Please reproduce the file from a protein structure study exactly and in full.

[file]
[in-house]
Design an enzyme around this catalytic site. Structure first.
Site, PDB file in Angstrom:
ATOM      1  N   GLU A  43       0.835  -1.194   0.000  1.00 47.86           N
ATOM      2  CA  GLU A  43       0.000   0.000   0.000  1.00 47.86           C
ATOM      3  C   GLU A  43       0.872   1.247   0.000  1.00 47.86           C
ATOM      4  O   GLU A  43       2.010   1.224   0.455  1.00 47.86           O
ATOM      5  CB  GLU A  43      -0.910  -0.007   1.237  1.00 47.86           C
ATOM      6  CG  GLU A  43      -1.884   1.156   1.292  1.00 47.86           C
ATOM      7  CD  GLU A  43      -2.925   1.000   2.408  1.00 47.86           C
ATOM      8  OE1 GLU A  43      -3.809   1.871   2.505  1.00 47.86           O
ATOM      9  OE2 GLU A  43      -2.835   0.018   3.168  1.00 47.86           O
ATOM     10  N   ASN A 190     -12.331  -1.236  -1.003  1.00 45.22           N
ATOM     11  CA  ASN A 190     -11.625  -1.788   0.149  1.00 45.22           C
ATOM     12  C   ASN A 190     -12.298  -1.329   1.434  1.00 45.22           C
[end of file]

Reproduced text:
[in-house]
Design an enzyme around this catalytic site. Structure first.
Site, PDB file in Angstrom:
ATOM      1  N   GLU A  43       0.835  -1.194   0.000  1.00 47.86           N
ATOM      2  CA  GLU A  43       0.000   0.000   0.000  1.00 47.86           C
ATOM      3  C   GLU A  43       0.872   1.247   0.000  1.00 47.86           C
ATOM      4  O   GLU A  43       2.010   1.224   0.455  1.00 47.86           O
ATOM      5  CB  GLU A  43      -0.910  -0.007   1.237  1.00 47.86           C
ATOM      6  CG  GLU A  43      -1.884   1.156   1.292  1.00 47.86           C
ATOM      7  CD  GLU A  43      -2.925   1.000   2.408  1.00 47.86           C
ATOM      8  OE1 GLU A  43      -3.809   1.871   2.505  1.00 47.86           O
ATOM      9  OE2 GLU A  43      -2.835   0.018   3.168  1.00 47.86           O
ATOM     10  N   ASN A 190     -12.331  -1.236  -1.003  1.00 45.22           N
ATOM     11  CA  ASN A 190     -11.625  -1.788   0.149  1.00 45.22           C
ATOM     12  C   ASN A 190     -12.298  -1.329   1.434  1.00 45.22           C